A nasty, angular scar mars the right cheekbone of Rachel Singer, an Israeli intelligence operative played by both Helen Mirren and Jessica Chastain in the tense spy drama The Debt. In 1966, Rachel took part in a covert mission in East Berlin that caused emotional damage to match her carved-up face. In The Debt, the scar serves as a symbolic reminder of Rachel's wounded psyche while also helping the audience follow the film's flashback-heavy chronology, and whether a scene takes place before or after the fraught assignment.
The Debt begins in 1997, when Rachel and her former partners, Stephan (Tom Wilkinson) and David (Ciarán Hinds), humbly enjoy the spotlight as legends of Israeli intelligence agency the Mossad. Rachel's grown daughter publishes a book about the 1966 operation while a mysterious revelation emerges to shock the aging trio. The snaking narrative exposes the hidden truth behind the official story.
Three decades earlier, Rachel was a highly trained rookie agent teamed with ambitious Stephan (Marton Csokas) and idealistic David (Sam Worthington) in East Berlin. Sources tentatively identified a local doctor as Dieter Vogel (Jesper Christensen), a monstrous medical officer at the Buchenwald concentration camp. If the agents can confirm his identity, they plan to kidnap Vogel to stand trial for crimes against humanity. In one of the most disquieting scenes, Rachel goes undercover as the gynecological patient of a man who may as well be Josef Mengele.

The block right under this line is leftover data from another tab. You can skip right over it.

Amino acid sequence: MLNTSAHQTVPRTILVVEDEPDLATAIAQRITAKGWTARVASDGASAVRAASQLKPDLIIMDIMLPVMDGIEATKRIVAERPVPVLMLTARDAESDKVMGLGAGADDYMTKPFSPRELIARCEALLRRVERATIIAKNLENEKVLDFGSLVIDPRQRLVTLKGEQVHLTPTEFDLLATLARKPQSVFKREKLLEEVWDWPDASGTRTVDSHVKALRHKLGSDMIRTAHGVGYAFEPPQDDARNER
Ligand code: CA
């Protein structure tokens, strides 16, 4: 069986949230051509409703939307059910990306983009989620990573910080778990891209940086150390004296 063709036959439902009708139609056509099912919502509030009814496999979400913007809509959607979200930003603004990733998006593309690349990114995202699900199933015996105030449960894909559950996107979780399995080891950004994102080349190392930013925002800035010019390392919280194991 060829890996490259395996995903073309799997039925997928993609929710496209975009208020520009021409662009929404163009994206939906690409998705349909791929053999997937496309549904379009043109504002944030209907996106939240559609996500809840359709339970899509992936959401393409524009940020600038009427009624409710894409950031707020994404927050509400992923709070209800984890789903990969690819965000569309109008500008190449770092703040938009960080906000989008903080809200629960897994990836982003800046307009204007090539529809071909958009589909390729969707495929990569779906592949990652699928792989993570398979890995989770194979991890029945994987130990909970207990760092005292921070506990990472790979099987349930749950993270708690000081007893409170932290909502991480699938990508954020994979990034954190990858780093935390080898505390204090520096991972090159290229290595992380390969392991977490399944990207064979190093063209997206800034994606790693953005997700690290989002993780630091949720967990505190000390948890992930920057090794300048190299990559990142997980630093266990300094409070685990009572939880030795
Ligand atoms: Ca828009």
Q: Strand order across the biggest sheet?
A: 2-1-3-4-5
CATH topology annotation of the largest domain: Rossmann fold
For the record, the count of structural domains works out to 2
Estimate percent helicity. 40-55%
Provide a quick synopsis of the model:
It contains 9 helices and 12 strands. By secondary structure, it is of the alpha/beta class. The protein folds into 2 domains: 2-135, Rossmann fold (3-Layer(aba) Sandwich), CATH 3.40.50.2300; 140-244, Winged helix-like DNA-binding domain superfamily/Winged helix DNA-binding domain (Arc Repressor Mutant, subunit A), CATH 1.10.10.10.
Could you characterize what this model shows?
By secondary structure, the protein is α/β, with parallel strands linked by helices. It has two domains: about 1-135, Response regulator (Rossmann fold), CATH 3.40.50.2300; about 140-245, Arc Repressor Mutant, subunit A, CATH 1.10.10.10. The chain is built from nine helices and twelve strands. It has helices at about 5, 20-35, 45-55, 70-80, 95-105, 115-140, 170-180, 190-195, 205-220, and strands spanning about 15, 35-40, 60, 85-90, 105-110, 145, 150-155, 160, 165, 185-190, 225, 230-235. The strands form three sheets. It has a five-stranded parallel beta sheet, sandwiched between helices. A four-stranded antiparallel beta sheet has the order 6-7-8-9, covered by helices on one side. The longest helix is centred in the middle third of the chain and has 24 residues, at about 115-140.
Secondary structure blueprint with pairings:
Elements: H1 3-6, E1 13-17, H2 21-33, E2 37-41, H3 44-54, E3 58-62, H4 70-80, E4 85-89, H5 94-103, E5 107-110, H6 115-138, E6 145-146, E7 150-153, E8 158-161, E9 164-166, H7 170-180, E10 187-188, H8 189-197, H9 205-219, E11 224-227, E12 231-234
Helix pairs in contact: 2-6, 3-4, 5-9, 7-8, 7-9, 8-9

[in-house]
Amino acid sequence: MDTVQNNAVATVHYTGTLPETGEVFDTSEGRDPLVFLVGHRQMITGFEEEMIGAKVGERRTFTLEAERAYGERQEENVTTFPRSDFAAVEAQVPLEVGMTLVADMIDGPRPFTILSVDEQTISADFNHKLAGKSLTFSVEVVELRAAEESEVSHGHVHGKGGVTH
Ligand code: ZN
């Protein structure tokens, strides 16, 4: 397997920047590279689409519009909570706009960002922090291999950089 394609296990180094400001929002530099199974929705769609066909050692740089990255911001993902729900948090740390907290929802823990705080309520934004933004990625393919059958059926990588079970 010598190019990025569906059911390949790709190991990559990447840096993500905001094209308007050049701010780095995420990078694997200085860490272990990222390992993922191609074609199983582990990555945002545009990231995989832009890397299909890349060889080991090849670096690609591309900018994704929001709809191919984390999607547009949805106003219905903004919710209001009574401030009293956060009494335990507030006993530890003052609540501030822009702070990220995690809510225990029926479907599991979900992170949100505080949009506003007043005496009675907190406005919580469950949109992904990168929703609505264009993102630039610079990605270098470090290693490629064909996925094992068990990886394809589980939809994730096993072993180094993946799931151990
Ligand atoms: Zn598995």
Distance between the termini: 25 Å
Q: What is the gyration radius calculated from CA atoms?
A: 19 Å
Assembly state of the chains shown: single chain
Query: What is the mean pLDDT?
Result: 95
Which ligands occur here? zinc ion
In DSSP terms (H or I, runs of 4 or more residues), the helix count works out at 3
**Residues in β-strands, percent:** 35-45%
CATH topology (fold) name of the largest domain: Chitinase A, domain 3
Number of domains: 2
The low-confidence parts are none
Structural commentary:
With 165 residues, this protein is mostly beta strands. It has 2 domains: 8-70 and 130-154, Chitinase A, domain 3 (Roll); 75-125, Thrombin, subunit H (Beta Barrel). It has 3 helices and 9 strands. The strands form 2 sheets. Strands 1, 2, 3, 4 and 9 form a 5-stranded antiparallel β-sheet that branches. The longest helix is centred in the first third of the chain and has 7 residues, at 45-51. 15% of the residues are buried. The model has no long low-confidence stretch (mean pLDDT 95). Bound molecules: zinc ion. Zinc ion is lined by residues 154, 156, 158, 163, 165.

Based on an Israeli film of the same name, The Debt serves as an effective comeback project for Shakespeare in Love director John Madden, who shows a flair for the film's cloak-and-dagger set pieces. The agents plot out how to escape from the Iron Curtain via a "ghost station," an unused platform of a West Berlin train line that passes briefly through the Soviet sector. The second act less confidently emulates Roman Polanski-style paranoia when the operatives, holed up in their safe house, begin to turn on each other.
Avatar's Worthington may be out of his league among the rest of the top-flight actors, but he doesn't embarrass himself. Chastain and Mirren's performances prove neatly symmetrical to each other. As young Rachel, Chastain shoulders the burden of a woman trying to live up to the expectations of not just her teammates, but also the world's demands for justice. As a senior citizen, Mirren conveys the toll of carrying a wrenching secret as well as an obsession with rectifying an old mistake.
The Debt accomplishes its mission as a serious-minded thriller, but its story line doesn't resonate enough with the contemporary zeitgeist to give the film a lasting impact. The sight of Mirren and Chastain's scar proves more memorable that the explanation behind why they have it.